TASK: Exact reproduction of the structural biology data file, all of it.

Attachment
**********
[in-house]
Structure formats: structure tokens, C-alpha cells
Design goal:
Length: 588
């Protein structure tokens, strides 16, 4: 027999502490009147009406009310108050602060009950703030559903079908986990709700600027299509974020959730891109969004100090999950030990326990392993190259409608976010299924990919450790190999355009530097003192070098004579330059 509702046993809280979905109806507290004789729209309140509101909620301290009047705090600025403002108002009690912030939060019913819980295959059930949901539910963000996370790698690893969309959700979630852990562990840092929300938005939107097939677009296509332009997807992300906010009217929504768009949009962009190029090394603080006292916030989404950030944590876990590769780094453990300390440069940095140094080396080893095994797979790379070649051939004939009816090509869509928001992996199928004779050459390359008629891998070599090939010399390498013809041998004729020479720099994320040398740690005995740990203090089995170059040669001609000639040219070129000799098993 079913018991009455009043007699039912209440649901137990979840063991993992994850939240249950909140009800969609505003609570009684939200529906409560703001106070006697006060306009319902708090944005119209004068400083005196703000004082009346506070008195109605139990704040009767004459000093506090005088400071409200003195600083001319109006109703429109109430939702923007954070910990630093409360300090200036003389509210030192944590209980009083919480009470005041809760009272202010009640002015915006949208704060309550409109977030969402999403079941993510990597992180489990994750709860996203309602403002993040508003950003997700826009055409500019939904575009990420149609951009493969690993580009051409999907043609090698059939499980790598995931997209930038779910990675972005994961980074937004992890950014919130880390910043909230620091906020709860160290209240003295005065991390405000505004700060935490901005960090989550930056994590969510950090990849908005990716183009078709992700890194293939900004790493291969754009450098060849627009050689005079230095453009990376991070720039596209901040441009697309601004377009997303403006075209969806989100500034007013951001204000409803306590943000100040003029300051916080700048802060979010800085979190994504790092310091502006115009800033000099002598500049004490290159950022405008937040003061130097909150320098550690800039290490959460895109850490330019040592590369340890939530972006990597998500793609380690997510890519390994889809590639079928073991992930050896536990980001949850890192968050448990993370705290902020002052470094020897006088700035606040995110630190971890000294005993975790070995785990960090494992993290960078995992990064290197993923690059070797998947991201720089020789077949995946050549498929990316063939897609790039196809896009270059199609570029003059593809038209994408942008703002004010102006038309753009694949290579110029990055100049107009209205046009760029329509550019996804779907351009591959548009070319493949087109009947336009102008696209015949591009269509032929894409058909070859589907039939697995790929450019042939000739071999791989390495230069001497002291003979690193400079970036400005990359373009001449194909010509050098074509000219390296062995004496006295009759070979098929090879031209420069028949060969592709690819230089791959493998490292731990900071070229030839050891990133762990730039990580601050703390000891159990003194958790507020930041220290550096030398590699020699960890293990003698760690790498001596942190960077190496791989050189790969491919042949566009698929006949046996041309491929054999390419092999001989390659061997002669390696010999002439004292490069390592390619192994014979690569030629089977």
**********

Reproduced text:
[in-house]
Structure formats: structure tokens, C-alpha cells
Design goal:
Length: 588
């Protein structure tokens, strides 16, 4: 027999502490009147009406009310108050602060009950703030559903079908986990709700600027299509974020959730891109969004100090999950030990326990392993190259409608976010299924990919450790190999355009530097003192070098004579330059 509702046993809280979905109806507290004789729209309140509101909620301290009047705090600025403002108002009690912030939060019913819980295959059930949901539910963000996370790698690893969309959700979630852990562990840092929300938005939107097939677009296509332009997807992300906010009217929504768009949009962009190029090394603080006292916030989404950030944590876990590769780094453990300390440069940095140094080396080893095994797979790379070649051939004939009816090509869509928001992996199928004779050459390359008629891998070599090939010399390498013809041998004729020479720099994320040398740690005995740990203090089995170059040669001609000639040219070129000799098993 079913018991009455009043007699039912209440649901137990979840063991993992994850939240249950909140009800969609505003609570009684939200529906409560703001106070006697006060306009319902708090944005119209004068400083005196703000004082009346506070008195109605139990704040009767004459000093506090005088400071409200003195600083001319109006109703429109109430939702923007954070910990630093409360300090200036003389509210030192944590209980009083919480009470005041809760009272202010009640002015915006949208704060309550409109977030969402999403079941993510990597992180489990994750709860996203309602403002993040508003950003997700826009055409500019939904575009990420149609951009493969690993580009051409999907043609090698059939499980790598995931997209930038779910990675972005994961980074937004992890950014919130880390910043909230620091906020709860160290209240003295005065991390405000505004700060935490901005960090989550930056994590969510950090990849908005990716183009078709992700890194293939900004790493291969754009450098060849627009050689005079230095453009990376991070720039596209901040441009697309601004377009997303403006075209969806989100500034007013951001204000409803306590943000100040003029300051916080700048802060979010800085979190994504790092310091502006115009800033000099002598500049004490290159950022405008937040003061130097909150320098550690800039290490959460895109850490330019040592590369340890939530972006990597998500793609380690997510890519390994889809590639079928073991992930050896536990980001949850890192968050448990993370705290902020002052470094020897006088700035606040995110630190971890000294005993975790070995785990960090494992993290960078995992990064290197993923690059070797998947991201720089020789077949995946050549498929990316063939897609790039196809896009270059199609570029003059593809038209994408942008703002004010102006038309753009694949290579110029990055100049107009209205046009760029329509550019996804779907351009591959548009070319493949087109009947336009102008696209015949591009269509032929894409058909070859589907039939697995790929450019042939000739071999791989390495230069001497002291003979690193400079970036400005990359373009001449194909010509050098074509000219390296062995004496006295009759070979098929090879031209420069028949060969592709690819230089791959493998490292731990900071070229030839050891990133762990730039990580601050703390000891159990003194958790507020930041220290550096030398590699020699960890293990003698760690790498001596942190960077190496791989050189790969491919042949566009698929006949046996041309491929054999390419092999001989390659061997002669390696010999002439004292490069390592390619192994014979690569030629089977």